2/16
Madagascar USAID/OFDA Grant to CRS to assist flooded areas
$25,000
2/13
South Africa USAID/OFDA Grant to South African Red Cross for emergency supplies
$25,000
2/17
Zimbabwe USAID/OFDA Grant to Zimbabwe Red Cross for emergency supplies
$25,000
3/1
Total USAID/OFDA subtotal
$6,756,208
Total USAID/FFP subtotal
$7,000,000
Total USAID
$13,756,208
*Total DOD
$37,600,000
Note: A Presidential Drawdown Authority of up to $37.6 million has been authorized.

Regional Background

Higher than average rainfall, coupled with four consecutive days of torrential rains in early February caused severe flooding in several countries in the southern African region. Reports indicate that this is the worst flooding in the region in several decades.

Cyclone Leon-Eline passed through the southern Africa region over the week of February 20-26, bringing additional heavy rains and wind to already-affected areas. In early March, Tropical Depression Gloria crossed through Madagascar and drifted slowly westward through Mozambique, Tanzania, Malawi, northern Zambia, Zimbabwe, Botswana, and Namibia, causing additional flooding.

About 2 million people have been affected in the southern Africa region due to the flooding. The number of deaths in Mozambique, Madagascar, and Zimbabwe is now estimated at 800. This figure is expected to increase once assessments are completed.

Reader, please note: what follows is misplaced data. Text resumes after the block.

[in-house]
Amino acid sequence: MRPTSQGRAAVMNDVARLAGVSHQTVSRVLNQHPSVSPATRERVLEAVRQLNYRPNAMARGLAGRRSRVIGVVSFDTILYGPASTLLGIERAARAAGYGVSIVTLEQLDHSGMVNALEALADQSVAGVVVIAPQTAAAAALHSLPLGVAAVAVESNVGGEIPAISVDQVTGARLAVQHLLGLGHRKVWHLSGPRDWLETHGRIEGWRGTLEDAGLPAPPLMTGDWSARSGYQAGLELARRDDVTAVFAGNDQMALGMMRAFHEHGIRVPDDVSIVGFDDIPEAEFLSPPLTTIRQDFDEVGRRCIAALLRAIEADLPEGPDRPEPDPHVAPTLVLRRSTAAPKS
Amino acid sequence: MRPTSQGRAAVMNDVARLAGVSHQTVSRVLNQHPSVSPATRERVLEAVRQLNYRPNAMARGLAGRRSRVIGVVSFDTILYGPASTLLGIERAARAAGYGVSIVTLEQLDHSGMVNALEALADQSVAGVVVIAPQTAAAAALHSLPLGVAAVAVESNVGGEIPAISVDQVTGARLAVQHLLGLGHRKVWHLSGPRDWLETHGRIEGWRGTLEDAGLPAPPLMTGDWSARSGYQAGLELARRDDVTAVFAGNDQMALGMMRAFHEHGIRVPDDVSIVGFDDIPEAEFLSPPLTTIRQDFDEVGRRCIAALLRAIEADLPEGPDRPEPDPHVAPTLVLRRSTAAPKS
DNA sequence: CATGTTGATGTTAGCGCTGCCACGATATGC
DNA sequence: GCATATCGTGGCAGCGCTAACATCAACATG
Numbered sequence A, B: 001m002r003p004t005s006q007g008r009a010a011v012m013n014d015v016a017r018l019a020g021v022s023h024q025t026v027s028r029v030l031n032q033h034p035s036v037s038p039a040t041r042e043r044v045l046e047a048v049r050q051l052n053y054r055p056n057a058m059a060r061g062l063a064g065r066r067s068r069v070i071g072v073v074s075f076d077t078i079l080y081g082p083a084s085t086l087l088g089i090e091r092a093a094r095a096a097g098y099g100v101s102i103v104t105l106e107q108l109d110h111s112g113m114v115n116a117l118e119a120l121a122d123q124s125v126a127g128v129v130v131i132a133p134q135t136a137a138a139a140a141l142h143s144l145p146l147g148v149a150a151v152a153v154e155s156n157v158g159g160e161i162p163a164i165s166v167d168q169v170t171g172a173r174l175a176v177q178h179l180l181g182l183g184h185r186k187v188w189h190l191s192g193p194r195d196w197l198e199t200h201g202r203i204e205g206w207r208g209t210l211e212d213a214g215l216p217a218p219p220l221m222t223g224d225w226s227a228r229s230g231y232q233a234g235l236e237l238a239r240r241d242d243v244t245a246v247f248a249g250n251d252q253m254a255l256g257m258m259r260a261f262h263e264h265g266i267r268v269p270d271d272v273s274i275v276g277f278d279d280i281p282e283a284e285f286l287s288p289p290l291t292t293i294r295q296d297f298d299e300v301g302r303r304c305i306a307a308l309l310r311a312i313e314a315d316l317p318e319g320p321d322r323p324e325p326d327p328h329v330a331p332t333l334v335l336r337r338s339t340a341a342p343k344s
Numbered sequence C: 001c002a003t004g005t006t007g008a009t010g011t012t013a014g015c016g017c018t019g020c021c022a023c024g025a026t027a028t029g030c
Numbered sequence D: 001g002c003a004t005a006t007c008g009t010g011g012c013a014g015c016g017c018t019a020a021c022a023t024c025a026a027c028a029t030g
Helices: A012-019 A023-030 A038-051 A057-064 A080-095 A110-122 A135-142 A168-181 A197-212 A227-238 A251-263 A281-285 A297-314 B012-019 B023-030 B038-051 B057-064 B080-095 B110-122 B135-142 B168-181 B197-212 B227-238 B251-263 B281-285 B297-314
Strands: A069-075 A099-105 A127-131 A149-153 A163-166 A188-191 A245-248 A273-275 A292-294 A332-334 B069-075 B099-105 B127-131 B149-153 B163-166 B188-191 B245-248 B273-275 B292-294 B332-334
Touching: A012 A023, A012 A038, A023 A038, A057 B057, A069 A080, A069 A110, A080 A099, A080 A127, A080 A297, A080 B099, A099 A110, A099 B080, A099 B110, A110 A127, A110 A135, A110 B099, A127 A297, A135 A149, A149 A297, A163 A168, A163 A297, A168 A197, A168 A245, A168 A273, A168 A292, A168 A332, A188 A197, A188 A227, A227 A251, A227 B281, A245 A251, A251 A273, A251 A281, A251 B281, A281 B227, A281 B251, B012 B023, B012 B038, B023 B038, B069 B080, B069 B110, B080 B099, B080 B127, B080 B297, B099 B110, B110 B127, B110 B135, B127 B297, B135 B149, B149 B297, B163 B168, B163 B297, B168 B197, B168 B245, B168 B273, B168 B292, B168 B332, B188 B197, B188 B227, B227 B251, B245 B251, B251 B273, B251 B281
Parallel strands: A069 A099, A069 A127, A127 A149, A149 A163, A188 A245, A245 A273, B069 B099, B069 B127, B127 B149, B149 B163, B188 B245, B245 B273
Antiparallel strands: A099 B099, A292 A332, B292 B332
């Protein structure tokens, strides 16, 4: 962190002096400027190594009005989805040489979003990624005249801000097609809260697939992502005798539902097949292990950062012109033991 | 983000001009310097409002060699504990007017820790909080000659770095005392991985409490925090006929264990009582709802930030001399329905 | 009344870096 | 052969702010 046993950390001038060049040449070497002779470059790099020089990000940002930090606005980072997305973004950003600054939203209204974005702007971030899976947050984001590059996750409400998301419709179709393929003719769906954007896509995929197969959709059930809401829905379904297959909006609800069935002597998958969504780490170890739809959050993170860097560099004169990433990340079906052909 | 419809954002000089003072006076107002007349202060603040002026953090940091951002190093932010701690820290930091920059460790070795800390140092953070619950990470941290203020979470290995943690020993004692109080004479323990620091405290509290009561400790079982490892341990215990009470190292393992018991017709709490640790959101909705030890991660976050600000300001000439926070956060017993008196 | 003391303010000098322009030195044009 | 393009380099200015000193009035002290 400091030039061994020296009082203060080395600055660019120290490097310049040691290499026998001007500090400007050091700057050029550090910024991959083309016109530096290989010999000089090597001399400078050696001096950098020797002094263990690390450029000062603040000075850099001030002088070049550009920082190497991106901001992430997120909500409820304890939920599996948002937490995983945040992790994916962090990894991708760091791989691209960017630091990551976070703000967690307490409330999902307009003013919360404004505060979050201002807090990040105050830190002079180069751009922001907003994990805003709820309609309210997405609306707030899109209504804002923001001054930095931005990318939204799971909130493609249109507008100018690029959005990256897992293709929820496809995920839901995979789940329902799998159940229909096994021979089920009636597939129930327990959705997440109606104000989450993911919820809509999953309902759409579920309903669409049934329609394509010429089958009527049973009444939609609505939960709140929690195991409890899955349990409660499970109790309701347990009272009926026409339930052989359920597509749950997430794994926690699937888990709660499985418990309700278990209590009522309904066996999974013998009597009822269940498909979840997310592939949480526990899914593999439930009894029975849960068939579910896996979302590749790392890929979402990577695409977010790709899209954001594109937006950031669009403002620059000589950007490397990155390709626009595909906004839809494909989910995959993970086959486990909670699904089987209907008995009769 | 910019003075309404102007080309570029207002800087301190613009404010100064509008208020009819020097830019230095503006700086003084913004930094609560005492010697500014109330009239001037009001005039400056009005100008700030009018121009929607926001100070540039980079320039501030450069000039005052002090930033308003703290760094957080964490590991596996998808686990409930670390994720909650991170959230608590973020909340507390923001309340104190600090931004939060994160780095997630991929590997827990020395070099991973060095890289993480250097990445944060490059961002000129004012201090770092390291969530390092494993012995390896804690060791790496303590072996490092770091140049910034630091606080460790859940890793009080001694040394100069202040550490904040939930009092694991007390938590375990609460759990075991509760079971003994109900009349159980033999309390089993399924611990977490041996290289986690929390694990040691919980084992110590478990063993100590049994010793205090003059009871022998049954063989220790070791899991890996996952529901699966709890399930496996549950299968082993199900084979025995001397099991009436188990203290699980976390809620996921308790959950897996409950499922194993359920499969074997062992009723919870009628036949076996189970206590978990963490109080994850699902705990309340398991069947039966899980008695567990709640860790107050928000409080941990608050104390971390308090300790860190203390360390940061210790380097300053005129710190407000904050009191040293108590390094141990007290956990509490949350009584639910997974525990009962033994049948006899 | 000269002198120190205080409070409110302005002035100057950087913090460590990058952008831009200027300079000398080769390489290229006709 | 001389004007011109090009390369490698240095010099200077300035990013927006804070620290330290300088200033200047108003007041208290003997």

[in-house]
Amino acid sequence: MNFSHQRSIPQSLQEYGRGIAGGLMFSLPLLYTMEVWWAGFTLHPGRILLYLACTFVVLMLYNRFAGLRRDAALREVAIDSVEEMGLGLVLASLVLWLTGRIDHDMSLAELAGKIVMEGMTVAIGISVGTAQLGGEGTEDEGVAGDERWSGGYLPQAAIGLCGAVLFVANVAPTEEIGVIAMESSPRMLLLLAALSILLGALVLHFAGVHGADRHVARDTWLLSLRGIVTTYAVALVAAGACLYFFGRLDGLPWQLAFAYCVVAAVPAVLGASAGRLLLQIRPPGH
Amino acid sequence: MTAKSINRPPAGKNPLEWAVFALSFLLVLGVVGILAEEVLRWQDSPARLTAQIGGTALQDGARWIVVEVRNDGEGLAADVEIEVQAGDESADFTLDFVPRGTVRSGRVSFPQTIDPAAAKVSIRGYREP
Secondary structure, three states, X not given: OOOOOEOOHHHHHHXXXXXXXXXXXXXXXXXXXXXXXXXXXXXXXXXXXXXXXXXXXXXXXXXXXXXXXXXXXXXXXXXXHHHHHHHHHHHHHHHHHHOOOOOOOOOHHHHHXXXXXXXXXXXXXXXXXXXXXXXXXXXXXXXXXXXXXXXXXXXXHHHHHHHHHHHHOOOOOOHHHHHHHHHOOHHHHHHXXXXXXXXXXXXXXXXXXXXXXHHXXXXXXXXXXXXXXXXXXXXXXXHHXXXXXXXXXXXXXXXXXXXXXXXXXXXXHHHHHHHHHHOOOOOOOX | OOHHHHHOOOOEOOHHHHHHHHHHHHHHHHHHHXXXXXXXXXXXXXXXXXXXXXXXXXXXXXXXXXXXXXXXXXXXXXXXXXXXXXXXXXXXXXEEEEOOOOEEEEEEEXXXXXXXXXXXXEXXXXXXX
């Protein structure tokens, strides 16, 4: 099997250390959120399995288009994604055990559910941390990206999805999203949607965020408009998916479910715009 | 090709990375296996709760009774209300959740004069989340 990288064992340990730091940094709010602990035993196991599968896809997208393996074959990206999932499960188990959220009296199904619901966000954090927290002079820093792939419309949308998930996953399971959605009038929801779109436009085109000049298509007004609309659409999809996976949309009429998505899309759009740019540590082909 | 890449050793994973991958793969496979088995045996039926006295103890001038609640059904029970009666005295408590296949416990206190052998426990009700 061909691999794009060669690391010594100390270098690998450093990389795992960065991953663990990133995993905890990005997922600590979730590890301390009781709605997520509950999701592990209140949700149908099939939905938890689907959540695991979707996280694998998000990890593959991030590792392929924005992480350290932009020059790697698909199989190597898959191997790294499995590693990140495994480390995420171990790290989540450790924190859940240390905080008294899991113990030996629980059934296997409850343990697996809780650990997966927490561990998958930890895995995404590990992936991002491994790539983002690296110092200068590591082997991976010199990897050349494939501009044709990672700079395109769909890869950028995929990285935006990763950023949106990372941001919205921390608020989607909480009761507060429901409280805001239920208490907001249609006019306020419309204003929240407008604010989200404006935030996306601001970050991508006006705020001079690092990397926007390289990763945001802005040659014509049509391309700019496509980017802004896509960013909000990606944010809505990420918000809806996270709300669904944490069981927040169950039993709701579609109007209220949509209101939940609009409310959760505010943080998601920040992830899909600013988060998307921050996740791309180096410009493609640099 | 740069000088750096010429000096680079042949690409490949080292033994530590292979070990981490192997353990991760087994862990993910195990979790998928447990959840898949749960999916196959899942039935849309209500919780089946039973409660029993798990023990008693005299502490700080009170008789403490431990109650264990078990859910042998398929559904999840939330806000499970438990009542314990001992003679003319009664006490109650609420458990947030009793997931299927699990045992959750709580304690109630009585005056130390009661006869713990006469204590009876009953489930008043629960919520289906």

Damage from the floods is extensive, isolating many areas and displacing populations in Mozambique, Madagascar, Zimbabwe, Botswana, and South Africa.

Public Donation Information

In the interest of effective coordination of public response, we encourage concerned citizens to provide monetary donations to appropriate organizations. To find out about contributions, USAID encourages the public to access its web site at www.info.usaid.gov or to contact its Humanitarian Hotline at 1-800-USAID-Relief between the hours of 9:00 a.m. and 5:00 p.m. The public can also directly contact those private voluntary organizations (PVOs) currently working in the region to provide monetary donations. Additionally, the public can contact InterAction, a coalition of voluntary humanitarian and development organizations that work overseas, via their web site (www.interaction.org) Those interested in providing specific technical services or commodities should contact Volunteers in Technical Assistance's (VITA) Disaster Information Center for information and guidelines at (703) 276-1914.